Exercise intolerance: deconditioning or cardiopulmonary dysfunction?

Case 65-year-old crossfit athlete

Reason for visit: Shortness of breath and lightheadedness during crossfit workout

How do we approach shortness of breath?

Shortness of breath and exercise intolerance can be due to many different causes. Some causes of exercise intolerance are cardiopulmonary disease, improper training, and diet. Physicians are trained to consider risk factors such as lifestyle, age, sex, smoking status, activity level, diet, and family history when evaluating a complaint of shortness of breath. They use this information along with other physical exam findings to come up with a list of possible causes known as a differential diagnosis and to determine what labs and imaging needs to be ordered.

Where do we start?

Cardiopulmonary disease can be a life-threatening cause of exercise intolerance. The lungs are responsible for oxygenating the blood and the heart is responsible for circulating blood throughout the body. A decrease in function of either one of these systems can decrease exercise tolerance. Age is a big factor when evaluating for cardiovascular disease. If you’re below the age of 30, inherited disorders such as hypertrophic cardiomyopathy should be ruled out. If you’re above the age of 35, it is important to evaluate for coronary artery disease. A wide array of testing is available to gauge cardiovascular and pulmonary function. Pulmonary function testing can assess how well the lungs are working. Stress EKGs can be used to evaluate the conduction system of the heart. Echocardiograms can be used to visualize the structure and function of the heart. Lipid panels and ASCVD risk are also used to determine risk and aid the formation of a heart-healthy plan.

After cardiopulmonary disease has been ruled out, what's next?

Diet and training habits can have a big impact on exercise tolerance. Performance can be negatively impacted if the body is not allowed to rest appropriately or is not properly fueled. Several tests and labs are available if it is suspected that improper training or dietary issues are responsible for the exercise intolerance. VO2 testing can be used to determine conditioning status. A sports medicine specialist should review the current training regimen and a custom plan can be formed to address recovery needs while still working towards long term goal. Micronutrient testing can be utilized to form a custom diet plan that addresses any dietary deficiencies.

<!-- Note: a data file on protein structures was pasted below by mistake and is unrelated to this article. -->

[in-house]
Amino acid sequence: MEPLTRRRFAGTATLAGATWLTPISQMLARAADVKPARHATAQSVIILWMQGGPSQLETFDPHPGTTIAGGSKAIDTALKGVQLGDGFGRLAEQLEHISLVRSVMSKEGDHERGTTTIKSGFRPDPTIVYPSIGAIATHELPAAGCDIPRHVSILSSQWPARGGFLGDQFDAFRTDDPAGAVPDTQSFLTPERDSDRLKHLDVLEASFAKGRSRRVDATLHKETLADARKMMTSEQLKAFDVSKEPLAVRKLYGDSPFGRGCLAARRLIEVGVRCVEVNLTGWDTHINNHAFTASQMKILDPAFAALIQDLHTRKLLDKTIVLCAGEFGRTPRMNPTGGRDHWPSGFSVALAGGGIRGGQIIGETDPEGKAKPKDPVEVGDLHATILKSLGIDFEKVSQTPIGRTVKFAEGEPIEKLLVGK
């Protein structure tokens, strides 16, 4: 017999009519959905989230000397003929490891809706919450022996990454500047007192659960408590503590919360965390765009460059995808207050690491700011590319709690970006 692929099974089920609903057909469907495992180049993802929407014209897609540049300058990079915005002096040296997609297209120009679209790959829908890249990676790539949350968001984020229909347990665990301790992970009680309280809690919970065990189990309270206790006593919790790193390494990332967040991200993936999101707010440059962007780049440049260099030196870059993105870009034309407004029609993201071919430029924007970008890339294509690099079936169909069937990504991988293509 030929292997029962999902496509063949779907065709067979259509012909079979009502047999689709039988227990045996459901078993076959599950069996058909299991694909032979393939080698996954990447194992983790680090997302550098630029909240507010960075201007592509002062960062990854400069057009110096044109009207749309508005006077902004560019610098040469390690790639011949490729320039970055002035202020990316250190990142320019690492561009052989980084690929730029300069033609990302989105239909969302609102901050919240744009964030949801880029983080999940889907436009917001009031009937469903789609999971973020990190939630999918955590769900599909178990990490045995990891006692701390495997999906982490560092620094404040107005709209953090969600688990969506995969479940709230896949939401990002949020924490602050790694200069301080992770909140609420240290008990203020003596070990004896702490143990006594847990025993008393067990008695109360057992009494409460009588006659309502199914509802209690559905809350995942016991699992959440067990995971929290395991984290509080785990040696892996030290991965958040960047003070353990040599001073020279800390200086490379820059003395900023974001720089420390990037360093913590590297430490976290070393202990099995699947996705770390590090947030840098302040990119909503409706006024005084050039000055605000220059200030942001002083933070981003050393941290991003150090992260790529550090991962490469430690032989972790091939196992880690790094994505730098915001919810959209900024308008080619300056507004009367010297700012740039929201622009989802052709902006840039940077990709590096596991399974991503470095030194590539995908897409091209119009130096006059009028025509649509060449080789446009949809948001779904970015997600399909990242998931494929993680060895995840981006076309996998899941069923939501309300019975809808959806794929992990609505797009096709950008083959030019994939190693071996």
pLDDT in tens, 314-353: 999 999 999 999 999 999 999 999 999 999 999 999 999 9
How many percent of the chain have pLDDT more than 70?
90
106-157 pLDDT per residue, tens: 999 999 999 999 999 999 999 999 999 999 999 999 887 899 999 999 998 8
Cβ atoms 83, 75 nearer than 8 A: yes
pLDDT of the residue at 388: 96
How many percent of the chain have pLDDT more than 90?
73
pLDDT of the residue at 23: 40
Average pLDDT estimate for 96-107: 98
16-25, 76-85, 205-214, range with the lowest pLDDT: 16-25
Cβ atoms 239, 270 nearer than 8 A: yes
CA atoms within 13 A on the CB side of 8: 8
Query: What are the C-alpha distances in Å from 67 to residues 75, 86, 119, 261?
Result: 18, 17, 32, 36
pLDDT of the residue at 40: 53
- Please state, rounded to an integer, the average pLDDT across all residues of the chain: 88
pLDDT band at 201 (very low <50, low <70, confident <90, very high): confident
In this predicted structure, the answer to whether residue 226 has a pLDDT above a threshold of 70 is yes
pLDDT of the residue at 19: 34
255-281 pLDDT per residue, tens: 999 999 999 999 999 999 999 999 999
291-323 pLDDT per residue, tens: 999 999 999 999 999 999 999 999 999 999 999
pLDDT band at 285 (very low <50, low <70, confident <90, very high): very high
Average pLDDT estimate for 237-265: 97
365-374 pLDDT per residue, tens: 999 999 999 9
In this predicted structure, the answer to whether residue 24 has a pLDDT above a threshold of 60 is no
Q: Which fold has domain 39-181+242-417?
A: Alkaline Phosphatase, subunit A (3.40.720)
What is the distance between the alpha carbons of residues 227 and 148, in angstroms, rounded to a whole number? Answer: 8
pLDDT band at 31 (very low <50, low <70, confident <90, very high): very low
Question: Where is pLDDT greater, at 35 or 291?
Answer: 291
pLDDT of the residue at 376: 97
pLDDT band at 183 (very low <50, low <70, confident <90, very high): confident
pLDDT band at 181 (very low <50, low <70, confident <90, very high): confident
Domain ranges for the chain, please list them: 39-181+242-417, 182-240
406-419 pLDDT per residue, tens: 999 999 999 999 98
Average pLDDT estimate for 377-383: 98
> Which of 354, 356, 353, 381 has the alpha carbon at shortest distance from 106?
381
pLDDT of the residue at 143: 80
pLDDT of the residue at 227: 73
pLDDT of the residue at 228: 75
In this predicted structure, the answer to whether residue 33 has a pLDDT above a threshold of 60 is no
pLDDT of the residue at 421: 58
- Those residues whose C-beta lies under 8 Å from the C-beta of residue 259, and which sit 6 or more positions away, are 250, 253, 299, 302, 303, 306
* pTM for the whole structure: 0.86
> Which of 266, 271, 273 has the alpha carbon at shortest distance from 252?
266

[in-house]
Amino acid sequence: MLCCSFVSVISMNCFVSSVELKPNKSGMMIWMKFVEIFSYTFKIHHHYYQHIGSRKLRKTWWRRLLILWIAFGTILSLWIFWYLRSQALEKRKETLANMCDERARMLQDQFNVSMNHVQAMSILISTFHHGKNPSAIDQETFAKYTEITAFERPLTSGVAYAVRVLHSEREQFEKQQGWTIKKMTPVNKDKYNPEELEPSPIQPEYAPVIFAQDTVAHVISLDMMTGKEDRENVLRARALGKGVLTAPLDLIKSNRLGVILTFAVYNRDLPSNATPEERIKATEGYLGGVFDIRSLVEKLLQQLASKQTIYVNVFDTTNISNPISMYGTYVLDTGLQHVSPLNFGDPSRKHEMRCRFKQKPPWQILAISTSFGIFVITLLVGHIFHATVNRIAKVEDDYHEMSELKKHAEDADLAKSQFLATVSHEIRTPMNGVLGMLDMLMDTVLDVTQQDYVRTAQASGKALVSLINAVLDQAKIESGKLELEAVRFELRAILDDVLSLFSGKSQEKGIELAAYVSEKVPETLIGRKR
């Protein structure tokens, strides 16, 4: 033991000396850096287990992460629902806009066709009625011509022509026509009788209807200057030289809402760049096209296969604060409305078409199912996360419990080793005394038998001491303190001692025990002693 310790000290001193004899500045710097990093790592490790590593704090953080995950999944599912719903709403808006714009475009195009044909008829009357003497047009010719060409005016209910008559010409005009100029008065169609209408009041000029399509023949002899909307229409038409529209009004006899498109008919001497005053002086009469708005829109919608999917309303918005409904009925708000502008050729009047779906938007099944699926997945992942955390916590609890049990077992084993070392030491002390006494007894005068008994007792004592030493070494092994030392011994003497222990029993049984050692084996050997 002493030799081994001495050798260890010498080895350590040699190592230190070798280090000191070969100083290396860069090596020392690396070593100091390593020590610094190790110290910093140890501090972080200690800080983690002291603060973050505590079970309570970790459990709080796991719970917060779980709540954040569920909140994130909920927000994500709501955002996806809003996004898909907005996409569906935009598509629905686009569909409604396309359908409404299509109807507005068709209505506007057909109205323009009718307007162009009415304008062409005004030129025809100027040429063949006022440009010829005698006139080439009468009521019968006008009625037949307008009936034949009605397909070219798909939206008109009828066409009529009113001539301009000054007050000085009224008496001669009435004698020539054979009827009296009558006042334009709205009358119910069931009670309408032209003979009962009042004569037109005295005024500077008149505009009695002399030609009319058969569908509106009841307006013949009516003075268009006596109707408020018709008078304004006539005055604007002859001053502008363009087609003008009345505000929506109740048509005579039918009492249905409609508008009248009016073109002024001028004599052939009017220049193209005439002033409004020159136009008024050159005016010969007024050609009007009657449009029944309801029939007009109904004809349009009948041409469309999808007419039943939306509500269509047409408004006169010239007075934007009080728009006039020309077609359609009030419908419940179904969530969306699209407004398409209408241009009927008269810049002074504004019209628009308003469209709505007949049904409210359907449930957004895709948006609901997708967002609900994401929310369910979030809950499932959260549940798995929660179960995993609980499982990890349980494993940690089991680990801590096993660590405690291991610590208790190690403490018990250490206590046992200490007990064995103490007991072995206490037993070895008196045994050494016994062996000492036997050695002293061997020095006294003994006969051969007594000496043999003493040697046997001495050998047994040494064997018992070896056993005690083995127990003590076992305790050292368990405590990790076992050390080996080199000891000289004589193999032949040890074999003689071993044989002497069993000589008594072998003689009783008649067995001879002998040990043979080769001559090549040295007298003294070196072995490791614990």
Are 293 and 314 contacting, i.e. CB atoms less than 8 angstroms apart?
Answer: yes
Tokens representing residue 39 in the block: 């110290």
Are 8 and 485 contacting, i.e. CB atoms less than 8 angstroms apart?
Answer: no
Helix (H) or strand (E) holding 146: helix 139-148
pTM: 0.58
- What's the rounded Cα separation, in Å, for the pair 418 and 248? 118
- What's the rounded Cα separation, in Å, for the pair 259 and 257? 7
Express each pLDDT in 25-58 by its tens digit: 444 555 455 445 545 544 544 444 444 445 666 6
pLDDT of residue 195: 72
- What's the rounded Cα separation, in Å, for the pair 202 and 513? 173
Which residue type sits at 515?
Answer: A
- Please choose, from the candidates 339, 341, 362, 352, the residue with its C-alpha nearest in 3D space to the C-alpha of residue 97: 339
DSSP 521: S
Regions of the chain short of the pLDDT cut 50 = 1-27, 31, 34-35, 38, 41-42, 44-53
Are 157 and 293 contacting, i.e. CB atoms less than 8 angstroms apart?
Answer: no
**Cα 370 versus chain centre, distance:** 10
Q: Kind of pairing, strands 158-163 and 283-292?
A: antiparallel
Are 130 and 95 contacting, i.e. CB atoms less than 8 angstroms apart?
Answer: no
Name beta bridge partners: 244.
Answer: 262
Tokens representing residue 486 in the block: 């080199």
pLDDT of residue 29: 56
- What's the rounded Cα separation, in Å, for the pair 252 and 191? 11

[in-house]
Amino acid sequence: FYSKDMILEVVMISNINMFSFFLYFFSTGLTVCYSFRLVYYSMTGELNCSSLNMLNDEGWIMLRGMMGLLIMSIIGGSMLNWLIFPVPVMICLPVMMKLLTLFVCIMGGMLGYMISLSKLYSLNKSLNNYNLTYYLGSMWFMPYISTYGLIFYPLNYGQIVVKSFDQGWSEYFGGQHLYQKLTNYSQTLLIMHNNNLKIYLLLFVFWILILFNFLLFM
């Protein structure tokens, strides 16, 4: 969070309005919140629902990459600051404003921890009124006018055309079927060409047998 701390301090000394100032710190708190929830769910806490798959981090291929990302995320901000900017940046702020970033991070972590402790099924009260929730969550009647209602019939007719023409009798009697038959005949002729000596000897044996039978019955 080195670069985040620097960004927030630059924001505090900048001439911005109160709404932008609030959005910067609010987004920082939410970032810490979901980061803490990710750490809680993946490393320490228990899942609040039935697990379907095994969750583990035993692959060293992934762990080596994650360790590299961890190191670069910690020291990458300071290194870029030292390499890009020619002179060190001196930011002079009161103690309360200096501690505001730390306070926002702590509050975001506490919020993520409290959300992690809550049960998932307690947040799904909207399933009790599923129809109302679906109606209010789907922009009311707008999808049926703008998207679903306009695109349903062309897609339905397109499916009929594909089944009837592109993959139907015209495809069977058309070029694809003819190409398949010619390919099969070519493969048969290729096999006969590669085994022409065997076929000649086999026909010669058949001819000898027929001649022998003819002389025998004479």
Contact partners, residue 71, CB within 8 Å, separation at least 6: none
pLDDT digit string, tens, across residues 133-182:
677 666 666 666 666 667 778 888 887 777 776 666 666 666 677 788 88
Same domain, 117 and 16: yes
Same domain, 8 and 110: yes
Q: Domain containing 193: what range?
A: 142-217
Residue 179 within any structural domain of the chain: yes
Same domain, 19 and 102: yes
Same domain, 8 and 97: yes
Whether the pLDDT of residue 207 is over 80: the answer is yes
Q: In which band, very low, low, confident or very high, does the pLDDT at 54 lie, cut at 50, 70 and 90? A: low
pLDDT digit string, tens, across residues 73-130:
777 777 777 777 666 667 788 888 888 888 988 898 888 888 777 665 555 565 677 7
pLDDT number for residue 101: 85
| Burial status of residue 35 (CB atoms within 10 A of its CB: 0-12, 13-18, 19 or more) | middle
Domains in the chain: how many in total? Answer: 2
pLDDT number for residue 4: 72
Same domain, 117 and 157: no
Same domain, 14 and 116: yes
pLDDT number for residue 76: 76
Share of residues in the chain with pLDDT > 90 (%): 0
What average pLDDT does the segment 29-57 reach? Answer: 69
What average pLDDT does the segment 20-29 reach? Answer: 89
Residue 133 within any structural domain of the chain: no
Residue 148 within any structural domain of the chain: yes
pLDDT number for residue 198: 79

So what should I do if I am experiencing exercise intolerance?

Call  Scottsdale Sport Medicine Institute to schedule an appointment with Dr. David Carfagno. Dr. David Carfagno is a Board Certified Internist and Sports Physician, who trained at the Cleveland Clinic Foundation. Our team can perform cardiovascular assessments, coordinate care between members of your healthcare team, perform fitness testing, customize nutrition plan along with other strategies that will help optimize your health and athletic performance.


Facc, B. (1996). Risk for Sudden Cardiac Death Associated With Marathon Running. Journal of the American College of Cardiology, 428-431.

Harmon, K., Drezner, J., Wilson, M., & Sharma, S. (2014). Incidence of sudden cardiac death in athletes: A state-of-the-art review. Heart, 1227-1234.